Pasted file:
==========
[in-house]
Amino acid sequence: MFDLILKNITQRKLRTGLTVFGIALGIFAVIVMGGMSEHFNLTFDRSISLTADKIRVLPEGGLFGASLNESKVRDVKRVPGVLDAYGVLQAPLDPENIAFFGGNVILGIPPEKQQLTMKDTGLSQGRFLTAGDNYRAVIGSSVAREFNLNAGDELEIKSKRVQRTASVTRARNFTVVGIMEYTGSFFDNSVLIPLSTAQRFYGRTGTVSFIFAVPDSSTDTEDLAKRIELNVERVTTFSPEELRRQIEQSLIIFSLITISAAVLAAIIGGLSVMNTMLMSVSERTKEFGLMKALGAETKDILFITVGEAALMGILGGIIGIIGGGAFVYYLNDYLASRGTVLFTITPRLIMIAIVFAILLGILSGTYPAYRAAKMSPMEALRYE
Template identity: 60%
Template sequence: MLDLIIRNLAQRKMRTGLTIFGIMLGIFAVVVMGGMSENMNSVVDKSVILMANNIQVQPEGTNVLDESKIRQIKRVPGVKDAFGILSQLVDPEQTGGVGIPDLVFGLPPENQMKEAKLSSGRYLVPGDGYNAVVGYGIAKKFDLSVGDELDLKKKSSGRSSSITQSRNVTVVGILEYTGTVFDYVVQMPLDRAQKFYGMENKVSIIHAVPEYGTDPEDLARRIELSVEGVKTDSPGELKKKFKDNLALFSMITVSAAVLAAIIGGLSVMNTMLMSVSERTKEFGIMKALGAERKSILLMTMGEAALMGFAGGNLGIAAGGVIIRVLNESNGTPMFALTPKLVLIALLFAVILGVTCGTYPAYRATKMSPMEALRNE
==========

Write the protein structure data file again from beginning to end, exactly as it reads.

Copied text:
[in-house]
Amino acid sequence: MFDLILKNITQRKLRTGLTVFGIALGIFAVIVMGGMSEHFNLTFDRSISLTADKIRVLPEGGLFGASLNESKVRDVKRVPGVLDAYGVLQAPLDPENIAFFGGNVILGIPPEKQQLTMKDTGLSQGRFLTAGDNYRAVIGSSVAREFNLNAGDELEIKSKRVQRTASVTRARNFTVVGIMEYTGSFFDNSVLIPLSTAQRFYGRTGTVSFIFAVPDSSTDTEDLAKRIELNVERVTTFSPEELRRQIEQSLIIFSLITISAAVLAAIIGGLSVMNTMLMSVSERTKEFGLMKALGAETKDILFITVGEAALMGILGGIIGIIGGGAFVYYLNDYLASRGTVLFTITPRLIMIAIVFAILLGILSGTYPAYRAAKMSPMEALRYE
Template identity: 60%
Template sequence: MLDLIIRNLAQRKMRTGLTIFGIMLGIFAVVVMGGMSENMNSVVDKSVILMANNIQVQPEGTNVLDESKIRQIKRVPGVKDAFGILSQLVDPEQTGGVGIPDLVFGLPPENQMKEAKLSSGRYLVPGDGYNAVVGYGIAKKFDLSVGDELDLKKKSSGRSSSITQSRNVTVVGILEYTGTVFDYVVQMPLDRAQKFYGMENKVSIIHAVPEYGTDPEDLARRIELSVEGVKTDSPGELKKKFKDNLALFSMITVSAAVLAAIIGGLSVMNTMLMSVSERTKEFGIMKALGAERKSILLMTMGEAALMGFAGGNLGIAAGGVIIRVLNESNGTPMFALTPKLVLIALLFAVILGVTCGTYPAYRATKMSPMEALRNE